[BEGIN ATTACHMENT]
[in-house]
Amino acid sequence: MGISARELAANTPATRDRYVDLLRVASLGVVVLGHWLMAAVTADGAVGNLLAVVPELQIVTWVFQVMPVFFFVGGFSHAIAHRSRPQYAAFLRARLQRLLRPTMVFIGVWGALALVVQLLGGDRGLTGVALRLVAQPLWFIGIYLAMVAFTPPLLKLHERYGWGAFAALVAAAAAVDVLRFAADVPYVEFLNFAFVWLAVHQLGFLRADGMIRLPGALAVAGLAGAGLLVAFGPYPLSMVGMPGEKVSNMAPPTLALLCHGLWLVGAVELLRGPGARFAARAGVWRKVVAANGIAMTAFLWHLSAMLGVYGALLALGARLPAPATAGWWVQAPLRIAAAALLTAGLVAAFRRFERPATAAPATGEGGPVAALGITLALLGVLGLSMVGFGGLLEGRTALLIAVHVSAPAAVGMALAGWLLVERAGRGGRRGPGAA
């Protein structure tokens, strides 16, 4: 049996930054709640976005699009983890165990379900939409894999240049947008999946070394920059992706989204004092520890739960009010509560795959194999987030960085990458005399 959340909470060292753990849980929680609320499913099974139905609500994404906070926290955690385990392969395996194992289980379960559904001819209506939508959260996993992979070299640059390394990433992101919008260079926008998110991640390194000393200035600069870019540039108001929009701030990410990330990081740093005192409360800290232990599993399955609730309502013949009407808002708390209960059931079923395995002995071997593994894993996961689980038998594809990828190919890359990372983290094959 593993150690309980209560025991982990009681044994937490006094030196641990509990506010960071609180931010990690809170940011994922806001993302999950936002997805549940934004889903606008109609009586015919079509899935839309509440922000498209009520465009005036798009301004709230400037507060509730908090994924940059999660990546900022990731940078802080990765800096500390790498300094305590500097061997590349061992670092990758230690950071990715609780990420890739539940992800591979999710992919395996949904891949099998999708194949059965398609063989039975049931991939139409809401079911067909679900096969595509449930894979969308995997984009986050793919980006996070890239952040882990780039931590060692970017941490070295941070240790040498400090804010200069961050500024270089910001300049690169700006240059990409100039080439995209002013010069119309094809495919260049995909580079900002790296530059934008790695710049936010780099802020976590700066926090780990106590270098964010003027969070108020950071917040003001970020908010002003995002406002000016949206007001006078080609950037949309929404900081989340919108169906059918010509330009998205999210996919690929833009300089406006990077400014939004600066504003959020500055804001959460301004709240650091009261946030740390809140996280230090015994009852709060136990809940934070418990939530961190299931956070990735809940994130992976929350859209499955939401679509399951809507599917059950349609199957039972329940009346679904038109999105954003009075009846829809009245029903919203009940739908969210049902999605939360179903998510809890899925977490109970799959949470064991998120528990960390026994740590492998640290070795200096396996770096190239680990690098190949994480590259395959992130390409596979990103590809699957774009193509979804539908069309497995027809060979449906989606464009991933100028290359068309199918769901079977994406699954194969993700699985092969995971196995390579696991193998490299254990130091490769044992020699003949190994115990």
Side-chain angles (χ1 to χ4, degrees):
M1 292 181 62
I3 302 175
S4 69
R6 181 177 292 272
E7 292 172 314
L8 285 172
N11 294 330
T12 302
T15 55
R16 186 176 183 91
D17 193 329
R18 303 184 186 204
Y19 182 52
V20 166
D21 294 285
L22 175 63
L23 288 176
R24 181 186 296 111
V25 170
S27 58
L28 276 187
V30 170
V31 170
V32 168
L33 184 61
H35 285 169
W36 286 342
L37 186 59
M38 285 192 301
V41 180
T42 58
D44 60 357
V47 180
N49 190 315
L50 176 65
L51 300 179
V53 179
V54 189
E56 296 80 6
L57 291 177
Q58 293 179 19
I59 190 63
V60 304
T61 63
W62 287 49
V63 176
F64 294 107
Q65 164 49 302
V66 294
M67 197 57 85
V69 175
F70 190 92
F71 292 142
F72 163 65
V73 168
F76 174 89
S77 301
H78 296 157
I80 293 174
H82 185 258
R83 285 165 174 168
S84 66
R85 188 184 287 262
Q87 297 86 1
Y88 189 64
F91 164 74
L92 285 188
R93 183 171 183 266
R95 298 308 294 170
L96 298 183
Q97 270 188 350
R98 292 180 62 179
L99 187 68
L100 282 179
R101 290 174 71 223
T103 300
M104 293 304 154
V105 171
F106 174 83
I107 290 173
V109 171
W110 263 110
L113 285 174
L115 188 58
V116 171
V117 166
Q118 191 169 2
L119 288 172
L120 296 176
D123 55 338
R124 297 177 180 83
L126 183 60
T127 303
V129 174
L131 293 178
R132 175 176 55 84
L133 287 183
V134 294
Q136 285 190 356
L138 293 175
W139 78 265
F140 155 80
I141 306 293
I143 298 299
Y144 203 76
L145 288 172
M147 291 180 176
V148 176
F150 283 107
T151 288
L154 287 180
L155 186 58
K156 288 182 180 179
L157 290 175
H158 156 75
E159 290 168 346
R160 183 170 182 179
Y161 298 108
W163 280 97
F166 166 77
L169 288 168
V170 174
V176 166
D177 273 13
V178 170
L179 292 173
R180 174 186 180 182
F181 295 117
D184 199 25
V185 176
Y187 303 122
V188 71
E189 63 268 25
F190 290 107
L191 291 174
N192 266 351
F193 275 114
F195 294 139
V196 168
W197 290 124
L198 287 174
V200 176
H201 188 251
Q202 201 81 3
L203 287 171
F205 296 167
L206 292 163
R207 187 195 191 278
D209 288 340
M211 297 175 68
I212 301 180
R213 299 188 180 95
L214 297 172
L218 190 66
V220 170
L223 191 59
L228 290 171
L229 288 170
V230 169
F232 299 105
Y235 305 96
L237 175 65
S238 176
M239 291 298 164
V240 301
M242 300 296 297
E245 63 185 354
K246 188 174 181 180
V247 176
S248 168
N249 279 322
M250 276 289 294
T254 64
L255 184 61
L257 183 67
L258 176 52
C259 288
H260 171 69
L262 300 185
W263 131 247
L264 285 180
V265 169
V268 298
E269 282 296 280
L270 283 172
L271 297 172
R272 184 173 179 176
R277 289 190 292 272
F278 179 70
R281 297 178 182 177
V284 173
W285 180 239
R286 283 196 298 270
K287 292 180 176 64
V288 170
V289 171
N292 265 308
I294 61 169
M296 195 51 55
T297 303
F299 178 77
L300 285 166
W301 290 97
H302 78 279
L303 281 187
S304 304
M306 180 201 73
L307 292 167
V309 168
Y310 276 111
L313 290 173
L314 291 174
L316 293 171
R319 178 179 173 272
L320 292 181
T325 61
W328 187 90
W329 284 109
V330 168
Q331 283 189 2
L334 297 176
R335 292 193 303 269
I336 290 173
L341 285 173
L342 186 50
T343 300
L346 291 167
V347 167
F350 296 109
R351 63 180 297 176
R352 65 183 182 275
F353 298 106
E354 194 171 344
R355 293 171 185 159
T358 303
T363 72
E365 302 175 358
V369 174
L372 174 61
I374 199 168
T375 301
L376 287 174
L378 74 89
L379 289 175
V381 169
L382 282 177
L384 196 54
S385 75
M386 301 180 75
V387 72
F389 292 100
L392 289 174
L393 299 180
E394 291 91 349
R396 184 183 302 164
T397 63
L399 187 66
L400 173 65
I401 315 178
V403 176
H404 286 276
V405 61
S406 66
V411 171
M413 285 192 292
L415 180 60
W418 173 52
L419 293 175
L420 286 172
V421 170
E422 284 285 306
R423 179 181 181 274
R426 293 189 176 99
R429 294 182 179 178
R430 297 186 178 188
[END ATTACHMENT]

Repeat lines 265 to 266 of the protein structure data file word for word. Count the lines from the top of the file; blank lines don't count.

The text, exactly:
H404 286 276
V405 61